There are many facets to Fox’s selling of assets to Disney and Comcast. While Disney focused on buying the domestic side of Fox, Comcast went for the international side, and while Fox tried to buy Sky plc outright, Comcast bought Sky which included Fox’s 39 percent share of the European based broadcaster.
There are a lot of moving parts to Comcast’s takeover but one notable asset was the Team Sky cycling team. Sky not only sponsors the team but they formed the team in 2009 and have owned them ever since.
The team quickly became one of the top teams in the world and has won some of the top cycling races in the world, winning the Tour de France six times, the Vuelta a España once and Giro d’Italia once.
Fears of the future of the team were subsided as those inside the company were confident in remaining in cycling. Cycling Weekly reports that new Sky CEO Jeremy Darroch supported the same vision to cycling that the Murdoch’s had when they formed the team.
Neither Comcast or Sky plc have officially said they were keeping the team but I wouldn’t be surprised if they kept going. Sky seems to have no problem with supporting the team and NBC broadcasts a lot of cycling in the United States, including the Tour de France so on the surface, it’s a win-win.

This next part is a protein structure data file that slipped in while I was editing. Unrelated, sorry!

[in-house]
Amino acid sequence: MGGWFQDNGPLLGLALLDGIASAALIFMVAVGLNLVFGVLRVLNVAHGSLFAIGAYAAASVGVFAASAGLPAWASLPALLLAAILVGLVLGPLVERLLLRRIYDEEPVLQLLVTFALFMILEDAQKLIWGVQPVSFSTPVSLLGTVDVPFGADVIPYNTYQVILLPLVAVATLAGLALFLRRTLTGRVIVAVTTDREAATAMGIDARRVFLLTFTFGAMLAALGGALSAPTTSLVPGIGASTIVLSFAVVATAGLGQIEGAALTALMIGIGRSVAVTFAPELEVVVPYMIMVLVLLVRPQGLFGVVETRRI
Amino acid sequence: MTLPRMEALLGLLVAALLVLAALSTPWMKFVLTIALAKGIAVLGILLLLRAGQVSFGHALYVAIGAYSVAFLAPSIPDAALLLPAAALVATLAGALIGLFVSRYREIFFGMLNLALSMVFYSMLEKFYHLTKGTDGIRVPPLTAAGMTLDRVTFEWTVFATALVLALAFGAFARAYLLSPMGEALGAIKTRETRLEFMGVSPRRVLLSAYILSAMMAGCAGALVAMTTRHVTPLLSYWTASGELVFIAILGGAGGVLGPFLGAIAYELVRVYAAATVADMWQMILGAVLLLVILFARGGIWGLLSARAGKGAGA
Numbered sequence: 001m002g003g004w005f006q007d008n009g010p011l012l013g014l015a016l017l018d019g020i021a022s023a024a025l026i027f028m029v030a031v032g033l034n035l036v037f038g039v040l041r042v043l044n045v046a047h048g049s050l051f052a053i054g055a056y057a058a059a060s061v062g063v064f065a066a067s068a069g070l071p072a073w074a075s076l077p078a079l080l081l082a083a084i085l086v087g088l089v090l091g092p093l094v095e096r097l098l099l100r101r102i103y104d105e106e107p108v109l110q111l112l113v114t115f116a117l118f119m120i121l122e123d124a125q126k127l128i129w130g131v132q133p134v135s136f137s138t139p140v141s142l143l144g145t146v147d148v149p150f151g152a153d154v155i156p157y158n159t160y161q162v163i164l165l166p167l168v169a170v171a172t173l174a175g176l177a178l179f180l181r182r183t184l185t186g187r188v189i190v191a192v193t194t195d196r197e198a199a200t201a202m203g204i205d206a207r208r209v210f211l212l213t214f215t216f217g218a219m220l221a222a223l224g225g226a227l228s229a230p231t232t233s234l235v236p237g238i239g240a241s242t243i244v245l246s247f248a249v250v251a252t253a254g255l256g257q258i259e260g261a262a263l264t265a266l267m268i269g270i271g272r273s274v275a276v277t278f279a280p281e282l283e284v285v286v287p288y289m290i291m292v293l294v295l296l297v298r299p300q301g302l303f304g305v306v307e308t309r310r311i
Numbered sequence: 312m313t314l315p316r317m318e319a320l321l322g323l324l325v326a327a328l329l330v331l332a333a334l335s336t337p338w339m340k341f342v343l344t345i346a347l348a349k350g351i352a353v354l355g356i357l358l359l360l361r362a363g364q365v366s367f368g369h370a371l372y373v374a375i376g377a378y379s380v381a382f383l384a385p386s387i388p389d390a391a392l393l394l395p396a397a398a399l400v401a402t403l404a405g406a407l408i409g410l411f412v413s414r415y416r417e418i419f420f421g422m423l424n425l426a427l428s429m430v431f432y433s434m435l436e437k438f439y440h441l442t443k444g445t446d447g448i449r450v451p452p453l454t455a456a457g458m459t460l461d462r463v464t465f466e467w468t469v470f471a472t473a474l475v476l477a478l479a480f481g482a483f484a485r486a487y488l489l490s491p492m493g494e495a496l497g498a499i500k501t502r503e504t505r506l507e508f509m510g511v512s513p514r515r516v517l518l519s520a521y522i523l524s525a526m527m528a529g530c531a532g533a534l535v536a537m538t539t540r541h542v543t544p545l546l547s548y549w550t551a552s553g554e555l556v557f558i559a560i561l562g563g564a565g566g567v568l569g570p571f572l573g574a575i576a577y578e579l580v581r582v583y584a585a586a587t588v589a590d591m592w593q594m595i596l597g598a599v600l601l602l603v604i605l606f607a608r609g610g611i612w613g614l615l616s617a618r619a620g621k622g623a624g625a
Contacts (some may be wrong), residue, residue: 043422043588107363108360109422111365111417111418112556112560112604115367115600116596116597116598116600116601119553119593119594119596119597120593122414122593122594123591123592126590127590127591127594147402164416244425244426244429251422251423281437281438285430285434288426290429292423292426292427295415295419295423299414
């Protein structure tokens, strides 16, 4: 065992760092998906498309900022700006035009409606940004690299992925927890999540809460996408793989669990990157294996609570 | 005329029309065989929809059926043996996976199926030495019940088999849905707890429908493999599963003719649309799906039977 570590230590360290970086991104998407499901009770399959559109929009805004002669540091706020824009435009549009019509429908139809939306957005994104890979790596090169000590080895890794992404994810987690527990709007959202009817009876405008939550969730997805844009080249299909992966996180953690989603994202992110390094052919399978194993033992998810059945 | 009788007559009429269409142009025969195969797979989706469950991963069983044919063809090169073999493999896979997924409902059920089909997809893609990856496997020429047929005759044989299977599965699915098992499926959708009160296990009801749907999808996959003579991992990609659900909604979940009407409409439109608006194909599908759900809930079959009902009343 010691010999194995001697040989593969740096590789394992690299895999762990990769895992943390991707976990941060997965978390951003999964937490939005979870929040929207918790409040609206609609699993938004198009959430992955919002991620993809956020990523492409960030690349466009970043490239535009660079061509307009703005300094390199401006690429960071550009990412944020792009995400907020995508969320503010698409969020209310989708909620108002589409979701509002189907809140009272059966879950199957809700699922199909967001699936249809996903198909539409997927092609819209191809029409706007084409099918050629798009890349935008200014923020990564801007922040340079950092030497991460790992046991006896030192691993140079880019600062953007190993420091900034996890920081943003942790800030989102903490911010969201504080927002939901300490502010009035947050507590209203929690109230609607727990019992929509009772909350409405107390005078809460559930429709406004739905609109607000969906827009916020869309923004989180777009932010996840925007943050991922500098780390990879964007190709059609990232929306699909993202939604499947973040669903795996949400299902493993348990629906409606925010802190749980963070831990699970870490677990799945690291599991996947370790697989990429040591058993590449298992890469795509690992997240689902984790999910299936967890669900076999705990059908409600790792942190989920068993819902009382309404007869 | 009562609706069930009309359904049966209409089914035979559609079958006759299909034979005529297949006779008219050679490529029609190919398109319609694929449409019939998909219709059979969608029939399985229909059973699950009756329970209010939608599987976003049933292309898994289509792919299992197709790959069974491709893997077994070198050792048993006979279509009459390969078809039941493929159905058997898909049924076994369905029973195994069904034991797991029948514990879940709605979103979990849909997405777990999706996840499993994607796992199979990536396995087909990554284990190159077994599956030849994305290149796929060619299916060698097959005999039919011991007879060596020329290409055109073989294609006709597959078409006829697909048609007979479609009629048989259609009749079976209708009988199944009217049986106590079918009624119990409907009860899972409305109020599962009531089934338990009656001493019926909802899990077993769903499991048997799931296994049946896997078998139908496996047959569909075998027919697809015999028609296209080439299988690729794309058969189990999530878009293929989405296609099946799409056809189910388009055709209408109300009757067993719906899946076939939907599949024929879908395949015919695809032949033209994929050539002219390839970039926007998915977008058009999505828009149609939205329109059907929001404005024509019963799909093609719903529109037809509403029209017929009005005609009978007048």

But this raises a concern. Now that Comcast technically now owns and sponsors not only a pro cycling team but the top cycling team, and Comcast has the TV rights to the top cycling events for the United States, how is this not a conflict of interest?
Sky Sports covers cycling but the majority of the broadcasts are handled by other networks. For instance, Eurosport broadcasts the majority of the races while ITV does the Tour de France in the UK. But in the United States, NBC broadcasts the big races and even other single stage and domestic races for either NBCSN, the Olympic Channel or NBC Sports Gold. Sometimes, NBC takes the world feed and plays that but they produce the Tour de France and send a broadcast crew to France.
Comcast now not only produces and broadcasts cycling but they now own the top team in the sport. Will the corporation be able to separate the two to be fair and impartial?
[Cycling Weekly/Photo: Team Sky]